Lawyer: Security issues should have been addressed before Zombicon

By Rebecca Campbell | Apr 27, 2016

FORT MYERS – The company in charge of security at the zombie-themed festival that ended in bloodshed last year has had countless problems with Florida’s licensing department in the past.

In October 2015, Tyrell Taylor, 20, was killed when a shooter opened fire on First Street in downtown Fort Myers during Zombicon. Five others were injured.

Southwest Florida Security and Investigations, which was in charge of security at the event, allegedly has had ongoing licensing issues dating back to the early 2000s, Kip Sinclair, the lawyer for Taylor's family, said. 

WINK News reported that company owner Jesse Morgan was fined $2,200 in 2006 for multiple violations related to illegal training of security guards; in 2010, he allegedly submitted fraudulent documents about non-existent licenses; and in 2014, the company was fined $1,750 for employing guards without licenses.

Earlier this year, the company was fined another $400 for employing an unlicensed guard at Zombicon. 

Sinclair, whose firm Sinclair Law Offices is suing the security company as well as the festival's organizers on behalf of Taylor's family, recently told the Northern California Record that security issues should have been addressed to prevent his death.

“Proper hiring, training and supervision of its guards (should have been addressed),” he said. “And proper evaluation of the assignments and proper staffing of events.”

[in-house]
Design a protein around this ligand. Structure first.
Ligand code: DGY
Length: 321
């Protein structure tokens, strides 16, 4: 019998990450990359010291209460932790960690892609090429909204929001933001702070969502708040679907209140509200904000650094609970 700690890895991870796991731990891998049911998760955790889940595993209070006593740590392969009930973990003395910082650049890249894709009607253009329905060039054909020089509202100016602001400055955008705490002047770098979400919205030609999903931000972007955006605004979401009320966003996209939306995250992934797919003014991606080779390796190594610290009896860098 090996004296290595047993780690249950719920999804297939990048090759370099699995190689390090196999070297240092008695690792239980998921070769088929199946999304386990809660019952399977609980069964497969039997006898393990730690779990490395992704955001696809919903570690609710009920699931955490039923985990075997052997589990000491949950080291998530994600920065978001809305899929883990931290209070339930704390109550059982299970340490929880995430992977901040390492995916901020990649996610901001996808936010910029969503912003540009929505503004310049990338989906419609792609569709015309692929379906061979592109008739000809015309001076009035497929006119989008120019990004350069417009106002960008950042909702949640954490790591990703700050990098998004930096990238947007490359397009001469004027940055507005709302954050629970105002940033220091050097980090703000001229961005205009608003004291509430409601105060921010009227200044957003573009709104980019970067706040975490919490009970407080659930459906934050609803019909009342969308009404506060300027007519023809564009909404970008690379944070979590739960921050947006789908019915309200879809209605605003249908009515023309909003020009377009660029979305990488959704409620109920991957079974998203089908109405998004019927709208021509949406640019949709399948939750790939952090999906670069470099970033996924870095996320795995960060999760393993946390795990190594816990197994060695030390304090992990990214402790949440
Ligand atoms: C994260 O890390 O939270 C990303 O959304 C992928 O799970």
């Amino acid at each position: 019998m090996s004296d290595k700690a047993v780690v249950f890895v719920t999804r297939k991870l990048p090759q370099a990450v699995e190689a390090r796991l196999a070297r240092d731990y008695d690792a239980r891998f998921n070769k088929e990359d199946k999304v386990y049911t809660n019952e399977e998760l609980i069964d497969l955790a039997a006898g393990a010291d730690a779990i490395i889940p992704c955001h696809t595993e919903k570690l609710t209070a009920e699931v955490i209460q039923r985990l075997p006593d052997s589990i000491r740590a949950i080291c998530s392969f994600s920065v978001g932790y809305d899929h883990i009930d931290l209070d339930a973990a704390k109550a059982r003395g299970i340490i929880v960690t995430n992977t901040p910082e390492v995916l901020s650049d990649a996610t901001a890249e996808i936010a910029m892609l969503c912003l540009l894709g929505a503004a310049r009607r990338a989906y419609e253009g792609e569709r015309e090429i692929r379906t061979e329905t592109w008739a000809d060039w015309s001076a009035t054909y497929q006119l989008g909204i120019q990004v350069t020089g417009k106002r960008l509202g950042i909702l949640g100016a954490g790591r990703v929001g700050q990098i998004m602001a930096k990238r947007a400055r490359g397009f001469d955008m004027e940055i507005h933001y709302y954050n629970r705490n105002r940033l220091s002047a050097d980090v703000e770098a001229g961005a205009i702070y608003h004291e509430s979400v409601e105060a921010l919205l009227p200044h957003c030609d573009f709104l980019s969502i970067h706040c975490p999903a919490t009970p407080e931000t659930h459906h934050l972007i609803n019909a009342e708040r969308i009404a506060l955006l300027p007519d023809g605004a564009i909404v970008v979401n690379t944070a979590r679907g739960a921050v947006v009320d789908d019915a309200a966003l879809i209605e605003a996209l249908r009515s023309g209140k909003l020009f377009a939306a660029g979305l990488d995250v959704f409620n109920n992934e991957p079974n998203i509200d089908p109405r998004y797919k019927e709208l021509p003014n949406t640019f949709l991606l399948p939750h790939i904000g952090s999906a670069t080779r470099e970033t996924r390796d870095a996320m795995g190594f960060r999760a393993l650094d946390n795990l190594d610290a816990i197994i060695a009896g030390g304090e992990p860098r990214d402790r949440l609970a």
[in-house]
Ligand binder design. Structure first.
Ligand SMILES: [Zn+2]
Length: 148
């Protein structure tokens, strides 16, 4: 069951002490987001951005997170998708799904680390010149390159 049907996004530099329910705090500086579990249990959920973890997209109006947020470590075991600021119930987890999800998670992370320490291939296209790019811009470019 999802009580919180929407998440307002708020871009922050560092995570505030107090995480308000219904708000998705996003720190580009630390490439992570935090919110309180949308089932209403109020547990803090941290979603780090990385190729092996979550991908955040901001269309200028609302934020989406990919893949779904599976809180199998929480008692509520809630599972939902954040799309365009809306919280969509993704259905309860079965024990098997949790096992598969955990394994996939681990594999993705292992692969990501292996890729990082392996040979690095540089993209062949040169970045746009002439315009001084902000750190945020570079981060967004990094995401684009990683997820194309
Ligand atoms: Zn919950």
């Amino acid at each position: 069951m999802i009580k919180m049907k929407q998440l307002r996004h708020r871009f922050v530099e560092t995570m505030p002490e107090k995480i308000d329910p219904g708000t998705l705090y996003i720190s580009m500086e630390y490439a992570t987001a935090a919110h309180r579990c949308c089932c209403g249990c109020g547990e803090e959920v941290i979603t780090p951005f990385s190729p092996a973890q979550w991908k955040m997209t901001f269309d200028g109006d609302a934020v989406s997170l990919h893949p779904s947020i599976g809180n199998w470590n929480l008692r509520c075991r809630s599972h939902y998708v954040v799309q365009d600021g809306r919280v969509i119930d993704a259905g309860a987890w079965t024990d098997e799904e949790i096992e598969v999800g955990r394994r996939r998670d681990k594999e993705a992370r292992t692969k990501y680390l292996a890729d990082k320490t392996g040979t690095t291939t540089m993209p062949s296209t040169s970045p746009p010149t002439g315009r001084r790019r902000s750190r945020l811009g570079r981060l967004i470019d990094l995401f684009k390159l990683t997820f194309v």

Lawyers for Southwest Florida Security and Investigations, however, claimed in legal documents that the company’s contract “didn’t provide for making sure the people at the event were safe.”

Sinclair said that it was unbelievable that the security company denied any obligation to ensuring the safety of those attending the event.

“That’s what they were hired to do,” he said. “Otherwise, they could have just had volunteers sitting at tables at the entrances to the event taking money.”

Zombicon's official website states that more than 20,000 people attend the Fort Myers festival each year. Given the size of the event, and the fact that some attendees show up with fake weapons, local authorities have said it is hard to police Zombicon. 

Sinclair said those challenges need to be tackled to ensure that the public's safety.

“They need to add more limited entrances, metal detectors, restrict weapons - real or fake - and ensure better trained security personnel,” he said.

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